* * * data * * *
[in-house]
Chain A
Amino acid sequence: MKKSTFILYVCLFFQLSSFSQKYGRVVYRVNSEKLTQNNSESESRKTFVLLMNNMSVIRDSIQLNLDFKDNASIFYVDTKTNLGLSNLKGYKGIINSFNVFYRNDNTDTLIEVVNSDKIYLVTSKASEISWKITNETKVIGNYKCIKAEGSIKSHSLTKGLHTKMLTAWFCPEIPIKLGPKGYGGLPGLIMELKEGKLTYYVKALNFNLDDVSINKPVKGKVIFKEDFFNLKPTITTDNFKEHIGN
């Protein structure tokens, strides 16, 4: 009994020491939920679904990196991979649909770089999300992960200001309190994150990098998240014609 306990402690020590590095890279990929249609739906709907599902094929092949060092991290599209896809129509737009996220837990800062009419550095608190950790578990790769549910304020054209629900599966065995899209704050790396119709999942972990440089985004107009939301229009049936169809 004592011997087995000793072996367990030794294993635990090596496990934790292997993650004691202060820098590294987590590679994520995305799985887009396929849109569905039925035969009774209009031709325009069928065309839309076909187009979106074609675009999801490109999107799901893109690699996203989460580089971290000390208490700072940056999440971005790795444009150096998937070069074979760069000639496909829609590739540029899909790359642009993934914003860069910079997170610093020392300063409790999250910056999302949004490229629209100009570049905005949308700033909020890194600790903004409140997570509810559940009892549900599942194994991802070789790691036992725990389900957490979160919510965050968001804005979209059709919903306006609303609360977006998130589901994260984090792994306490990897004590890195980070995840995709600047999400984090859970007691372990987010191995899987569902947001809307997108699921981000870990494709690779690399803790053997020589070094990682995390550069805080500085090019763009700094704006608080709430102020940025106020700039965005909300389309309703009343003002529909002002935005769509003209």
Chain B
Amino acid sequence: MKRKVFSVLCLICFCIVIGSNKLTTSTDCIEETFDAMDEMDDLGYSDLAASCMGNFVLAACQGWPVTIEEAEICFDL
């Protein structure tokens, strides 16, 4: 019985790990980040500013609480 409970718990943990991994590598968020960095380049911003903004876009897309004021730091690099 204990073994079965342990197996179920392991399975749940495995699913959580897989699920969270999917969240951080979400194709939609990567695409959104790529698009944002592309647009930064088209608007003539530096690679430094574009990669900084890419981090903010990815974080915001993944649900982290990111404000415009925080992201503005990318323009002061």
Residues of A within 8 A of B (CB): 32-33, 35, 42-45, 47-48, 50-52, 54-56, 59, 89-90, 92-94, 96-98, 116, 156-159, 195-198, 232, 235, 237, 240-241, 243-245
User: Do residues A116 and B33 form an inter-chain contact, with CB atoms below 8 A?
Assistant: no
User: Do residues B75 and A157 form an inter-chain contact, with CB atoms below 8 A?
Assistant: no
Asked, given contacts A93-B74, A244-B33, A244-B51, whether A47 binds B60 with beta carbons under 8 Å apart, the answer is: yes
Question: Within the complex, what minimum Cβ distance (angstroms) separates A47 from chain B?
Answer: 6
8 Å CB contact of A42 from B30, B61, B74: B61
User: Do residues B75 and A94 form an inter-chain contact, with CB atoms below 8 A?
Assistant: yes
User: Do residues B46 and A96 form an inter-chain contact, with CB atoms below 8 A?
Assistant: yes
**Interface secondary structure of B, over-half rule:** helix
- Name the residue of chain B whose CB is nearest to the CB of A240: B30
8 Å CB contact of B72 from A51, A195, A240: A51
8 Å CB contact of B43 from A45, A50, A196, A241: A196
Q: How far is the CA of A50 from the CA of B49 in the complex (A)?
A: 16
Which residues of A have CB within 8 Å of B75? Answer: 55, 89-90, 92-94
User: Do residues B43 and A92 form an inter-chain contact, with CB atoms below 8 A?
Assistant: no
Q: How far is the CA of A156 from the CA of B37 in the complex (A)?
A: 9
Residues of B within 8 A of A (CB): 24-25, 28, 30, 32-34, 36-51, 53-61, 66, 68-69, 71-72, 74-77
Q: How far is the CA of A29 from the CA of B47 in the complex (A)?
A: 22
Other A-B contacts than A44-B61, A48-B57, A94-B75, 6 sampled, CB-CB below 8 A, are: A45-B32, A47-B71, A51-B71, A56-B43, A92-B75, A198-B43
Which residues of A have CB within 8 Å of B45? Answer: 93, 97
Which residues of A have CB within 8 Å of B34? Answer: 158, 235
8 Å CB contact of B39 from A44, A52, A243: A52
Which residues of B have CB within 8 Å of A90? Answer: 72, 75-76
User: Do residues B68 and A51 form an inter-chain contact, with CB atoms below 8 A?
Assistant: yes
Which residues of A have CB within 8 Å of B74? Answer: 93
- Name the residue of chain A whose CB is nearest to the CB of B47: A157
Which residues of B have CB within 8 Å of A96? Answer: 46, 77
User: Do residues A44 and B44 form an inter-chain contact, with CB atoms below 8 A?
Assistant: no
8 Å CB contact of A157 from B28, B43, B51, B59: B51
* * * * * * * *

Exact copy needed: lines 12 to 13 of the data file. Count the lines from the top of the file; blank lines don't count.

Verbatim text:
Assistant: no
Asked, given contacts A93-B74, A244-B33, A244-B51, whether A47 binds B60 with beta carbons under 8 Å apart, the answer is: yes